Saturday 14 January 2017


One of the lesser known games in Phil Sabins 'Simulating War' is Kartenspiel, partly because it is buried in the appendices. It is an attempt to model a Napoleonic battle as a card game, in the style of Clausewitz (who observed that war is very much like a game of cards, with its mix of calculation,bluff and limited knowledge).

The game system is designed for ten(!) players, but I reckoned as a minimum I could get away with four. This was good, as I had four players at the club Christmas games day. The battle is abstracted out as four (opposing) Corps sized engagements, and the forces are allocated to each side as playing cards, each representing a division of infantry or cavalry. Initially the CinC holds all the cards, but then allocates some of them to each Corps. Once allocated, they are committed and cannot be recalled so the CinC has to deploy his forces wisely and keep a reserve. The Corps commanders then simultaneously  decide whether to attack or defend, and once all attacks are declared, the battles are resolved. It is only at this stage that the forces allocated to each Corps are (briefly) revealed. Battles are entirely deterministic, the side with the most combat power wins and if they double the enemy, they inflict an extra loss. An attacker can never lose more than three divisions in a battle and a defender can never lose more than two, so combat tends to be quite attritional.

I couldn't resist having a tinker around with it, one major thing missing was any consideration of terrain (something which shapes any battle) and also explicit representation of artillery which was assumed to be factored into each division. I added some simple terrain rules, and also allowed each side a single 'grand battery' which didn't greatly affect the outcome but did explicitly represent the third arm. I also couldn't resist using some toys, so I marked up a battle board into four zones and dragged out my Austrians and French.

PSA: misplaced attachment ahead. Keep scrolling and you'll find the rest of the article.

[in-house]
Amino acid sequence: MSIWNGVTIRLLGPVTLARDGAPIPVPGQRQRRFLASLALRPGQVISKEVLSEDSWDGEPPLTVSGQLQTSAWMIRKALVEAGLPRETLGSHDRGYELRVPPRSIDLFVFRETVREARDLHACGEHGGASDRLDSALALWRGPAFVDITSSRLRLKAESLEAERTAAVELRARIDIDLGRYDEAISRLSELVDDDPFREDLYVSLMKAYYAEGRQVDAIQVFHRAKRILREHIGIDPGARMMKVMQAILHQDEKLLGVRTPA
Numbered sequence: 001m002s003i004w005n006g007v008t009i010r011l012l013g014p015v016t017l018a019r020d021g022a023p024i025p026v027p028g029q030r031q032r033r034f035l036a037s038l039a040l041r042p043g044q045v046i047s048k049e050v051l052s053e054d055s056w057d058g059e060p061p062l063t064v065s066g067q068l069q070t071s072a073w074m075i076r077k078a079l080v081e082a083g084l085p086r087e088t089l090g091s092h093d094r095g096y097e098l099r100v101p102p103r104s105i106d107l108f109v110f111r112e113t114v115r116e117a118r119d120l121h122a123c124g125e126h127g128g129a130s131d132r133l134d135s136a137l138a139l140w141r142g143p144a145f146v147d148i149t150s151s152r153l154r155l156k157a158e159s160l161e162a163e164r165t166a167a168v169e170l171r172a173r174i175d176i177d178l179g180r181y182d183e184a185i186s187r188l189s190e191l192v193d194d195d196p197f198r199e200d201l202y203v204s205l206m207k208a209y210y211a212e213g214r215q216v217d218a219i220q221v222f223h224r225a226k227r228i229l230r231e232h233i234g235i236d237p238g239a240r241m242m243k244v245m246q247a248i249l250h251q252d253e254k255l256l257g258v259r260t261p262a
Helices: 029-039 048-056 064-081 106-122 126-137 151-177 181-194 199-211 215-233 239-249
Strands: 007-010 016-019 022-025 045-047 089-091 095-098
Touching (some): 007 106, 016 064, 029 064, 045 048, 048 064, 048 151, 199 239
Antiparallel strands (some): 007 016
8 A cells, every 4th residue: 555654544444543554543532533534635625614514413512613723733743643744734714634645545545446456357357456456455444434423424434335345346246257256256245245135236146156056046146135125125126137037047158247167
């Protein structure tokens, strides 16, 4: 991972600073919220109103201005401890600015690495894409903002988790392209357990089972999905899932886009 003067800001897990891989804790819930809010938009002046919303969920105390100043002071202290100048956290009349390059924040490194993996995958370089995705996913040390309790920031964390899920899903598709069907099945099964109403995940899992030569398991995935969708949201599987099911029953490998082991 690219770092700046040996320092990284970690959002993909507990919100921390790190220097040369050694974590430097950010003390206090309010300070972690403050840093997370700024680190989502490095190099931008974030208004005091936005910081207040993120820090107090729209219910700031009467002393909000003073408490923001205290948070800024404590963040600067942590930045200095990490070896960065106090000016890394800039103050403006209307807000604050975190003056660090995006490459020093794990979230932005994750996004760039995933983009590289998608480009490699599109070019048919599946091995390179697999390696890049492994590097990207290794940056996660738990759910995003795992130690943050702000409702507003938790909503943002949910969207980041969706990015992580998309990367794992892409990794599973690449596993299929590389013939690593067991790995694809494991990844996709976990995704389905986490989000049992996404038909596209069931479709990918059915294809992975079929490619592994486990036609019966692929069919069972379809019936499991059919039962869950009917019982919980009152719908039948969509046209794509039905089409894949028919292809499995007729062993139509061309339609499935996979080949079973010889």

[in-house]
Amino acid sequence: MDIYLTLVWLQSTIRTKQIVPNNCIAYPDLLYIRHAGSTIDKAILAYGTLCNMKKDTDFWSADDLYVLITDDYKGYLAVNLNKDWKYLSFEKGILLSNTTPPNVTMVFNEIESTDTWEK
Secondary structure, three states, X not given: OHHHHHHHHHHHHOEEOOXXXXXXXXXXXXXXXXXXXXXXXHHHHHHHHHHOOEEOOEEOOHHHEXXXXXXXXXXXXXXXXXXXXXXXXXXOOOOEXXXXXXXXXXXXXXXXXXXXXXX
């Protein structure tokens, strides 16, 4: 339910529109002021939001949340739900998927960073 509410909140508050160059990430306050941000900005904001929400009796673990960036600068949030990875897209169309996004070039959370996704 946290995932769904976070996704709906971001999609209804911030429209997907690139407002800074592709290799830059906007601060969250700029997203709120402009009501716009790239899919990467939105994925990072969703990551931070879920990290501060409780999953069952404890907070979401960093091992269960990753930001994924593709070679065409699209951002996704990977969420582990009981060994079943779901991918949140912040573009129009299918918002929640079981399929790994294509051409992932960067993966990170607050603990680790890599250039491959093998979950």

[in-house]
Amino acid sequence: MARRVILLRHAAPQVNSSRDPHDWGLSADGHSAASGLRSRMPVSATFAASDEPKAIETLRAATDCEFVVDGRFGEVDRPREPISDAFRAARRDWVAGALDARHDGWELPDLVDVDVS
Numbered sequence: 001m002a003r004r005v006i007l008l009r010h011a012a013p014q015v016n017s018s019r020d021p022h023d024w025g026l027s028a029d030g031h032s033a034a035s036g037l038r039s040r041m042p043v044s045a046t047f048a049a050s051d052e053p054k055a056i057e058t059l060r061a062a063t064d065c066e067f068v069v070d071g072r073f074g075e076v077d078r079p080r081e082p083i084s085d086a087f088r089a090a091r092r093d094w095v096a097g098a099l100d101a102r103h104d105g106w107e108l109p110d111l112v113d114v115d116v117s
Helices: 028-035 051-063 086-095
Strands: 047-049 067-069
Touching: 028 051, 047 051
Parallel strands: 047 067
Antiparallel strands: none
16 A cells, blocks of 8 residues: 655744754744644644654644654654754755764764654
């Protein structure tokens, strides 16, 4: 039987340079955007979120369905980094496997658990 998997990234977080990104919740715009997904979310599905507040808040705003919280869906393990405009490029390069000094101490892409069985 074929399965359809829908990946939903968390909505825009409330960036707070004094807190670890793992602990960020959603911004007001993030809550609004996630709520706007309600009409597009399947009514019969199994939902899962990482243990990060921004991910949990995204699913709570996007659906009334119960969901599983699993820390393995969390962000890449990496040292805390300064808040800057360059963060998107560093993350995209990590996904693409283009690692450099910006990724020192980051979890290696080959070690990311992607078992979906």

Tim and Russell took the French (on the left above), Graeme and Jerry the Austrians (right).  

After a few turns of pounding,this was the French left/Austrian right. Lots of forces sucked into the IV Corps sector, while a couple of Austrian divisions hold a village opposed by the French grand battery.

The slugfest in IV Corps merely resulted in lots of casualties. The French had more luck against the village, gradually whittling the defenders down with repeated assaults supported by their guns. Alas it was in the woods of I Corps that the battle was decided. The French committed all their reserves in IV Corps in a huge effort, but the Austrians opposed them with enough strength to hold them up, while attaining a critical force superiority against the lightly held woods. With no reserves left, the French could only watch as they eventually managed to break through.

The saving grace was that as neither side had any reserves left at all, there was  no French rearguard, but neither was there an Austrian pursuit, so the French just fell back to lick their wounds and reorganise.

This seemed to go swimmingly well, and the rock/paper declaration of attacks/defences and cavalry charges was hugely entertaining as the Corps commanders thumped the table and the respective Army commanders looked on and hoped  they would make the right decisions. Russell actually threw away a chance to take the village on the last turn, much to 'Napoleons' fury, but c'est la guerre.

Thoroughly recommended, and one of the better simulations of mass nineteenth century warfare I've seen, especially the ability of subordinates to utterly mess up the CinCs carefully laid plans, and with not a dice in sight. Great stuff.

This will probably be making an appearance at COW.


  1. Martin
    I'd certainly like to see this at COW. Thanks for posting

  2. Thanks, I just need to plan it as a session.